Al Jazeera English: Fighting Through Stereotypes

For anyone who can't resist betting on an underdog, Al Jazeera English is a 24-hour news network that might be worth watching. That is, if you can find it.

WASHINGTON — For anyone who can't resist betting on an underdog, Al Jazeera English is a 24-hour news network that might be worth watching. That is, if you can find it.

"Our great frustration in life is that except for the closed circuit cable systems of the Pentagon and State Department, which serves embassies in Washington, in America we are only seen on a few very small cable systems, two in Ohio, one in Vermont and one in the Watergate complex [in Washington]," lamented co-anchor Dave Marash, the award-winning, Jewish, former correspondent who spent 16 years working on "Nightline,'' Ted Koppel's nightly news show. Al Jazeera English recruited Marash several months after ABC laid him off in a post-Koppel move to revamp the show. At the time, Marash took a lot of heat for joining an Islamic-backed network that had weathered heavy attacks from then-secretary of state Donald Rumsfeld and was seen by many conservatives as an apologist for Al-Qaeda.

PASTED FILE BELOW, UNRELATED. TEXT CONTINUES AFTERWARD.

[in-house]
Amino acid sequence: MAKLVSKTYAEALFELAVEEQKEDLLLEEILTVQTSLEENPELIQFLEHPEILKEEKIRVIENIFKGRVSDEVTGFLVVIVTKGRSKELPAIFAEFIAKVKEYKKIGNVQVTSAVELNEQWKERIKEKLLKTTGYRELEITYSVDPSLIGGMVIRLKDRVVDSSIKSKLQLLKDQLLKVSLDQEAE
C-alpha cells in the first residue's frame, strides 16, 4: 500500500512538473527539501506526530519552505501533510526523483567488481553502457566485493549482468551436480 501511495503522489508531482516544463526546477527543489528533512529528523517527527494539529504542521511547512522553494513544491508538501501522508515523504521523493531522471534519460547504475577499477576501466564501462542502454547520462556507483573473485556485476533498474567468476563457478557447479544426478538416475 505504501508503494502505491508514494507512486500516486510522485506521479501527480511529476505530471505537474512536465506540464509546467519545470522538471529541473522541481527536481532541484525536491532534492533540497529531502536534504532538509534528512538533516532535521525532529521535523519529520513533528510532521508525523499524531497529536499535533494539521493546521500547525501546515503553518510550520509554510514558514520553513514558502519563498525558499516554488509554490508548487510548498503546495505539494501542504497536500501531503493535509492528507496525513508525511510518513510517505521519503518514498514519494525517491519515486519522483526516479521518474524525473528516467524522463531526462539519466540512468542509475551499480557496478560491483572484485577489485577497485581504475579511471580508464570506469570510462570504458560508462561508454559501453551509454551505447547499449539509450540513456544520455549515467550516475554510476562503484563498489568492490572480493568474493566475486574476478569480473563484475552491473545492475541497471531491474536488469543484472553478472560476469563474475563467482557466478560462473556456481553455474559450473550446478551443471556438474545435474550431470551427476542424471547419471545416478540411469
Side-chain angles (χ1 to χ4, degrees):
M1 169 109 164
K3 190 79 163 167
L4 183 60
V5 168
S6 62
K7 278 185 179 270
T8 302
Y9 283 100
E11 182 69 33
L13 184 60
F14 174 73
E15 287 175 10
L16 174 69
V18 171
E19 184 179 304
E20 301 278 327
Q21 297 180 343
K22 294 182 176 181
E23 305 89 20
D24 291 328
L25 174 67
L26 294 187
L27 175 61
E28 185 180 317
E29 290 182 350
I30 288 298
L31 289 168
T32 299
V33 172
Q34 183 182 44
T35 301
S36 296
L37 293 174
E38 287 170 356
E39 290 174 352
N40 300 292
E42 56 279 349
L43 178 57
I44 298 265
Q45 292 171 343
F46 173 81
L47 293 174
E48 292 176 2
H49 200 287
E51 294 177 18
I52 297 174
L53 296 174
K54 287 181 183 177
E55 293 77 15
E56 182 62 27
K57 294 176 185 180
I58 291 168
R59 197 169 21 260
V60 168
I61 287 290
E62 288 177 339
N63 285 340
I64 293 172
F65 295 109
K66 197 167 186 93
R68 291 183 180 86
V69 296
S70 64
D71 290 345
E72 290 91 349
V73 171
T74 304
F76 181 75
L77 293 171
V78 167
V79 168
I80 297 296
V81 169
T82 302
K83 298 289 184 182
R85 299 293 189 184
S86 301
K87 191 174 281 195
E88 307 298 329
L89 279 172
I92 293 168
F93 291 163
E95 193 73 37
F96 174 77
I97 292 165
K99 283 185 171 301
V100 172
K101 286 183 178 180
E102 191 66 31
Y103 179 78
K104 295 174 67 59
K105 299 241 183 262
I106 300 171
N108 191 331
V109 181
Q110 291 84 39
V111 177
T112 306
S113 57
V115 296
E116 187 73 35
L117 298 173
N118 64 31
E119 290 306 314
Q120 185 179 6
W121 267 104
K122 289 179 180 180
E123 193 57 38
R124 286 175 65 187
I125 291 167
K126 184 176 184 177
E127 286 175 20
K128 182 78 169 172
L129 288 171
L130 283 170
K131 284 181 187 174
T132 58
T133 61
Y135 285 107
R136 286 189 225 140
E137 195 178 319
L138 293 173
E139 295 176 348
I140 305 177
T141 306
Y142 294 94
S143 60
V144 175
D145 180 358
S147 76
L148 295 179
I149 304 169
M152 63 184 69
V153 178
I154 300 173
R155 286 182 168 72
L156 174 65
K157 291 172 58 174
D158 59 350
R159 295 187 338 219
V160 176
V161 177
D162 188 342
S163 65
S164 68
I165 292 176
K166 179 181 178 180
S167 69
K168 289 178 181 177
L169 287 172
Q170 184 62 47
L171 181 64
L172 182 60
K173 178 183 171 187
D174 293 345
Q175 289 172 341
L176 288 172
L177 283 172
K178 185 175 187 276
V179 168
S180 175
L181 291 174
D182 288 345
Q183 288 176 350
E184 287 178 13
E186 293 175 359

Rumsfeld is gone, Al Jazeera is now seen as a major source of international news, and Marash is still breaking stories. The only hitch is that, even now, it's easy for his colleagues not to know they're take credit for "breaking" a story he did first.

Take New York Times reporter Michael Gordon, who last year reported that American troops and independent U.S. contractors had assisted Ethiopian soldiers in toppling the government of Somalia. When Marash broke the story days before, he asked Adm. Michael Mullen, now chairman of the Joint Chiefs of Staff, whether the tactic might become a paradigm for future U.S. military operations. Mullen agreed, calling it "one of the arrows in our quiver."

"Michael Gordon probably never saw the show,'' said Marash, knowing too well how public information specialists can spin a story once it has already aired.

Difficulties reaching viewers in the U.S. — despite a worldwide audience of 800 million households — aren't the only obstacles facing Al Jazeera English's Washington news team, though. Even after a year on air, Bush administration cabinet officials continue to assiduously avoid the Al Jazeera English option. "Alas, we are finding that American officials are still somewhat gun shy," said Marash, noting that in Congress, only Republican Christopher Shays of Connecticut and Democrat Neal Abercrombie of Hawaii have appeared.
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